# RF amplifier design: Velocity factor for a transmission line.

A velocity factor ( VF) is frequently quoted by vendors and used extensively in matching calculations. Here is the definition of the velocity factor for the uninitiated. The velocity factor is simply = 1/sqrt(relative permeability of the media X relative permittivity of the media). Generally the relative permeability is unity. So the velocity factor can said to be simply 1/sqrt( relative permittivity of the media). In other terms the VF of the media defines how a traveling wave is slowed down in the media compared to free space. More info please visit our website at www.signalpro.biz.

# RF Power amplifier: two tone testing

Two tone testing is used most often to test the linearity of a RF power amplifier ( or other amplifiers for that matter). The technique is fairly simple in principle but can have its little “gotchas”. First off, choice of frequencies. If you have 2.5 Ghz S band RFPA you are going to test, what frequencies do you use? Use frequencies close to 2.5 Ghz, say a few Mhz above and below or whatever provides the test results accurately ( simulations can be used to do this).Then the second issue is how do you generate the two tones to be input into the amplifier and not generate significant other IM products that will certainly destroy the test. ( A handy rule of thumb is to keep these input IMPs at least 6 dB below the test tones). Simple things like this can cause a real headache. My take is that if you are testing a 2.5 Ghz amplifier then you should place the two tones close to that frequency. Drive the amplifier so that the output at the tone will be close its rated output. Then measure using a good spectrum analyzer. ( Somewhat of a problem if you are a small company or hobbyist). Generally what will happen is that if the two tones are separated by f0 then the strongest two products will appear at f0 below the lower test tone and f0 above the higher test tone. Obviously there will be many more IM products that will be generated.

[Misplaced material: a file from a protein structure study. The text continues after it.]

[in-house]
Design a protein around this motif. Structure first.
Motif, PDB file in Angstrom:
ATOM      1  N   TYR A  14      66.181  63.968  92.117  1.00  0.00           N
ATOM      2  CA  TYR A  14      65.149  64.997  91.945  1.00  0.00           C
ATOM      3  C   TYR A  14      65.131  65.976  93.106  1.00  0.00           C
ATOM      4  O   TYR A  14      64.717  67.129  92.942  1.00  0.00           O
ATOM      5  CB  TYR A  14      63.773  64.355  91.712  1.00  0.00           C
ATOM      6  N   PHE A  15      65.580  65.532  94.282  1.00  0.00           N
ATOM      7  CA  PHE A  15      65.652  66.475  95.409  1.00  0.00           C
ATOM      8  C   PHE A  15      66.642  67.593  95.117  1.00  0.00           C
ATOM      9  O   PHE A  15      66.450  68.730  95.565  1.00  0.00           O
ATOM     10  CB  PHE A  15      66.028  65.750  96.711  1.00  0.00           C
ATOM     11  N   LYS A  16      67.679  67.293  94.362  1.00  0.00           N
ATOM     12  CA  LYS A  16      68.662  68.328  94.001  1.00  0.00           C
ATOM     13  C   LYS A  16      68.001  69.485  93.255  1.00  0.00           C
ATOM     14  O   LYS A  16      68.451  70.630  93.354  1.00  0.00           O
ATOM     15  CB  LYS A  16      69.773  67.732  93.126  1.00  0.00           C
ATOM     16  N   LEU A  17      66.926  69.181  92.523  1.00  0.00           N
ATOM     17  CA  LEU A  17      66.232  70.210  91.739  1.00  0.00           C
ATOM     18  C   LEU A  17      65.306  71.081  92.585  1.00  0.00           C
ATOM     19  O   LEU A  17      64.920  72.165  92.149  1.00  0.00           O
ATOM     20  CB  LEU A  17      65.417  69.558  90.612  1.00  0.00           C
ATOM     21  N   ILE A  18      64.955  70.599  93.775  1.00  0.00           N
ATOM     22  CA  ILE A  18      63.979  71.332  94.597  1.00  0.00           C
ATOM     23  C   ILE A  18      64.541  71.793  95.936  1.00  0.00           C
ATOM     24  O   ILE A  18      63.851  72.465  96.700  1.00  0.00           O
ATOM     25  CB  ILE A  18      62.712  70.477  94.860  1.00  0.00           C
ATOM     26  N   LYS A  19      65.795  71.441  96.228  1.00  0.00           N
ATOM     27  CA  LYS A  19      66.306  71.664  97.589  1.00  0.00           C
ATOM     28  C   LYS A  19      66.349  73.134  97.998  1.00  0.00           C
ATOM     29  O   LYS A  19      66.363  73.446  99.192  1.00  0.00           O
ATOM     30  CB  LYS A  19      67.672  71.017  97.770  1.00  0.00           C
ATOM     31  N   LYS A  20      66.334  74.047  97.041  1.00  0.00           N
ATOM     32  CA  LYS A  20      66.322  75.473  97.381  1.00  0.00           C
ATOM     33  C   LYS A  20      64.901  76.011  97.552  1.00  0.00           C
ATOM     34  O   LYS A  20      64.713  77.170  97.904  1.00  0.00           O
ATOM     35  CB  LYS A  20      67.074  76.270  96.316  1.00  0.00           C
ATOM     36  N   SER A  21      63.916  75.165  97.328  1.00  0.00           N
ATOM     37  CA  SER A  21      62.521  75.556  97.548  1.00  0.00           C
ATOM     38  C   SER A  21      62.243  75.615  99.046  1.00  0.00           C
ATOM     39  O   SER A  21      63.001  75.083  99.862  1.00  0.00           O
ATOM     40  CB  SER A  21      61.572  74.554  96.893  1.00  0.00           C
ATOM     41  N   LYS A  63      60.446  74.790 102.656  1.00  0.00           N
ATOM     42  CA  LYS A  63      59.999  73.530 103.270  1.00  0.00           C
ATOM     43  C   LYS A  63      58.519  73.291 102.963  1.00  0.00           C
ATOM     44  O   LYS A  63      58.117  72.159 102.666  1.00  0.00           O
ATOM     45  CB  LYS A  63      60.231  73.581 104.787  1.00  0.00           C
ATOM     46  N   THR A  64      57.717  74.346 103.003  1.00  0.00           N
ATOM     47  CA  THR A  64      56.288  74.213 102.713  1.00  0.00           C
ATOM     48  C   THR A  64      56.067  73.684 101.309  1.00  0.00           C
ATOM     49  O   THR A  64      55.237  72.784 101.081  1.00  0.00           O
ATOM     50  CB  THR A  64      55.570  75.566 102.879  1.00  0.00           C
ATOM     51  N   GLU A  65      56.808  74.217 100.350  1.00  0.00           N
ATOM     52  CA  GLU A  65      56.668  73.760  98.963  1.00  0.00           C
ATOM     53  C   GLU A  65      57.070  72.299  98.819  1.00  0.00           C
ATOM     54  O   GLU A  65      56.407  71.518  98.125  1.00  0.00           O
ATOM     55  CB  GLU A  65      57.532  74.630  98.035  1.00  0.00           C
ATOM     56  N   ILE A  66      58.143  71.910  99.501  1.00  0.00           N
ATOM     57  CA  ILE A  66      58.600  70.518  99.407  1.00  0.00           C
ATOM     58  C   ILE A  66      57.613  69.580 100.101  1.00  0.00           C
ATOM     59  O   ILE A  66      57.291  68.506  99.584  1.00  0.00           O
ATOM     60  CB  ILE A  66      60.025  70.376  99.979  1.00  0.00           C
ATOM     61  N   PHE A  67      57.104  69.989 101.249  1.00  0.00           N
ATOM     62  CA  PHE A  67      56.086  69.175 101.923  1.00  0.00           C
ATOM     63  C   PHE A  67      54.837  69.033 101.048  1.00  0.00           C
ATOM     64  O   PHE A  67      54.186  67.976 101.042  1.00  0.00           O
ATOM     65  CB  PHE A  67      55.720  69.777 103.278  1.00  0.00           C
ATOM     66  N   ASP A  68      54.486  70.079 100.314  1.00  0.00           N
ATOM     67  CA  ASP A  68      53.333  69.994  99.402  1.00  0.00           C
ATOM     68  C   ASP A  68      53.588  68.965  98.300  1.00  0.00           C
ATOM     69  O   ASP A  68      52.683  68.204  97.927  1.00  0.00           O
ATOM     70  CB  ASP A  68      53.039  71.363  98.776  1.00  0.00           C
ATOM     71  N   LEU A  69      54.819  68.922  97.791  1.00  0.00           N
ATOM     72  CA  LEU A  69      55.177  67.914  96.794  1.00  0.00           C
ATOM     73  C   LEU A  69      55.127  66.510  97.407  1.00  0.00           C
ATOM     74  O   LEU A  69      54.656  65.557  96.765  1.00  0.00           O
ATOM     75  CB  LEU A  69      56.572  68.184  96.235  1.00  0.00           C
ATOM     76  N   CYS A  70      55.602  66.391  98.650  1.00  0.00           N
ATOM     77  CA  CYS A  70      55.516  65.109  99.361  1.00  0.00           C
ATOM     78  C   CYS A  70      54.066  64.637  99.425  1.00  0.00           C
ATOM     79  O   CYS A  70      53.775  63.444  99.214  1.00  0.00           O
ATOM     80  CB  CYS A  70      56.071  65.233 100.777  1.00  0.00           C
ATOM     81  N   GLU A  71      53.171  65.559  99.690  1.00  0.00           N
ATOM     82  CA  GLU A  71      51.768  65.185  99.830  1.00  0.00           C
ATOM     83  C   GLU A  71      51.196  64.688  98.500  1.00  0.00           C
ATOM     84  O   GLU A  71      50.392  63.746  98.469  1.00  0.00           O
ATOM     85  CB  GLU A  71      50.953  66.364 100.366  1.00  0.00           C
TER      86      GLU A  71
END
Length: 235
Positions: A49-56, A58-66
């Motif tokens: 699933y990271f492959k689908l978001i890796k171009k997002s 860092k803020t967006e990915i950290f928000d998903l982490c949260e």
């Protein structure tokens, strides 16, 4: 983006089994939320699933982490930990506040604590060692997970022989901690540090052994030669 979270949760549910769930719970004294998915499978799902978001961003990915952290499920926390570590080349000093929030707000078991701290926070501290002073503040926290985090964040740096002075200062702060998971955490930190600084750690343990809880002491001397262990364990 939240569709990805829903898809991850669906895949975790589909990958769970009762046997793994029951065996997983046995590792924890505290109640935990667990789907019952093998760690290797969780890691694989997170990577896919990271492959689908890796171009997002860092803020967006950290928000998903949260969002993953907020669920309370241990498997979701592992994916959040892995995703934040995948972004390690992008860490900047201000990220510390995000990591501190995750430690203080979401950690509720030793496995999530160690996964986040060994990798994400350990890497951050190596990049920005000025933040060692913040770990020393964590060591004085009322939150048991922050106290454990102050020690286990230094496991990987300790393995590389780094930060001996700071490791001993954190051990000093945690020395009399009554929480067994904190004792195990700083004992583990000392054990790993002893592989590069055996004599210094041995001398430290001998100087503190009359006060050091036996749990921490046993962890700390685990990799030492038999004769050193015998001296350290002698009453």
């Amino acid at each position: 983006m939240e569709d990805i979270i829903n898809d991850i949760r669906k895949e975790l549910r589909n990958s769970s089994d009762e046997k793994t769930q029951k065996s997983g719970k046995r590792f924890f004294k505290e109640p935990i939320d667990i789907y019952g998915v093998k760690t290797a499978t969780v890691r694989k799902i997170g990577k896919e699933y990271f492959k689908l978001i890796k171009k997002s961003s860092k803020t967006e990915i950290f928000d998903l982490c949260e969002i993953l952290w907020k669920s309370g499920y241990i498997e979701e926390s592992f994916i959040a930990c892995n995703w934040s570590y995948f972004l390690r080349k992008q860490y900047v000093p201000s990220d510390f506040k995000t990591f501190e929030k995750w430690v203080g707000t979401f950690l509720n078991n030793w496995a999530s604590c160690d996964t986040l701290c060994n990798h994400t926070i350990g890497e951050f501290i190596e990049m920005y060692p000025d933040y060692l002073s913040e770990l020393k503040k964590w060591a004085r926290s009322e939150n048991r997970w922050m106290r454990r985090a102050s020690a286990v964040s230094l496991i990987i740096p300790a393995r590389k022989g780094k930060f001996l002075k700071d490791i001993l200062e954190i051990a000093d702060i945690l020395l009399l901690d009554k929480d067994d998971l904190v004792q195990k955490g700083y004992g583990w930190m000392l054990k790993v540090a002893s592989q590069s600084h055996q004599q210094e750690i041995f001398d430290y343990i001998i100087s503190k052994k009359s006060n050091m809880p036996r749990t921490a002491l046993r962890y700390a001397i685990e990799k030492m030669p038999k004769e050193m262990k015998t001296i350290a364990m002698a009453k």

Industry standard  measures the ratio of the weakest desirable output (they both should be the same) to the strongest undesirable frequency (closest to one of the desirable frequencies) as a ratio in decibels (dB) and calls this number the IMD value.  However the American Radio Relay League refers to the undesirable strongest output
to the peak power in both desirable outputs resulting in a number that is 6dB larger than industry numbers.